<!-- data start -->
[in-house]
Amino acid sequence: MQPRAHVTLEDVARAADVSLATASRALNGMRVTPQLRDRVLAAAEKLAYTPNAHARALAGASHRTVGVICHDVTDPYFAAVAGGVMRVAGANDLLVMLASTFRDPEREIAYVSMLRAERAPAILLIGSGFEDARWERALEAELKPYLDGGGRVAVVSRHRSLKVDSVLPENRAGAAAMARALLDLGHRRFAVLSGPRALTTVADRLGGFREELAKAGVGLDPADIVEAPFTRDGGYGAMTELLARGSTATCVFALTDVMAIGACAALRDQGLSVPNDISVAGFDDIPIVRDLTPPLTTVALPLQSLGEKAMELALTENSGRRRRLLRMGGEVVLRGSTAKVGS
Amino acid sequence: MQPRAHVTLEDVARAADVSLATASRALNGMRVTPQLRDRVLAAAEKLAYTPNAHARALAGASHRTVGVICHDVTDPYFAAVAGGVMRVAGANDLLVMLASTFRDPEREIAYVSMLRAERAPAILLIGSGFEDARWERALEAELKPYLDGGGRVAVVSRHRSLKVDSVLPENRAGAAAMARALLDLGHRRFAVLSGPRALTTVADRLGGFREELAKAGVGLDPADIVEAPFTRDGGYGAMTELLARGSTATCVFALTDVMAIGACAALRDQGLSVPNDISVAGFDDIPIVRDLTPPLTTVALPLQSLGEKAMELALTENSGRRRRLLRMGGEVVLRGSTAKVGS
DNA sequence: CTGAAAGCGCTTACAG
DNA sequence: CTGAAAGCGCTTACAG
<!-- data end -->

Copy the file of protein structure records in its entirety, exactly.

[in-house]
Amino acid sequence: MQPRAHVTLEDVARAADVSLATASRALNGMRVTPQLRDRVLAAAEKLAYTPNAHARALAGASHRTVGVICHDVTDPYFAAVAGGVMRVAGANDLLVMLASTFRDPEREIAYVSMLRAERAPAILLIGSGFEDARWERALEAELKPYLDGGGRVAVVSRHRSLKVDSVLPENRAGAAAMARALLDLGHRRFAVLSGPRALTTVADRLGGFREELAKAGVGLDPADIVEAPFTRDGGYGAMTELLARGSTATCVFALTDVMAIGACAALRDQGLSVPNDISVAGFDDIPIVRDLTPPLTTVALPLQSLGEKAMELALTENSGRRRRLLRMGGEVVLRGSTAKVGS
Amino acid sequence: MQPRAHVTLEDVARAADVSLATASRALNGMRVTPQLRDRVLAAAEKLAYTPNAHARALAGASHRTVGVICHDVTDPYFAAVAGGVMRVAGANDLLVMLASTFRDPEREIAYVSMLRAERAPAILLIGSGFEDARWERALEAELKPYLDGGGRVAVVSRHRSLKVDSVLPENRAGAAAMARALLDLGHRRFAVLSGPRALTTVADRLGGFREELAKAGVGLDPADIVEAPFTRDGGYGAMTELLARGSTATCVFALTDVMAIGACAALRDQGLSVPNDISVAGFDDIPIVRDLTPPLTTVALPLQSLGEKAMELALTENSGRRRRLLRMGGEVVLRGSTAKVGS
DNA sequence: CTGAAAGCGCTTACAG
DNA sequence: CTGAAAGCGCTTACAG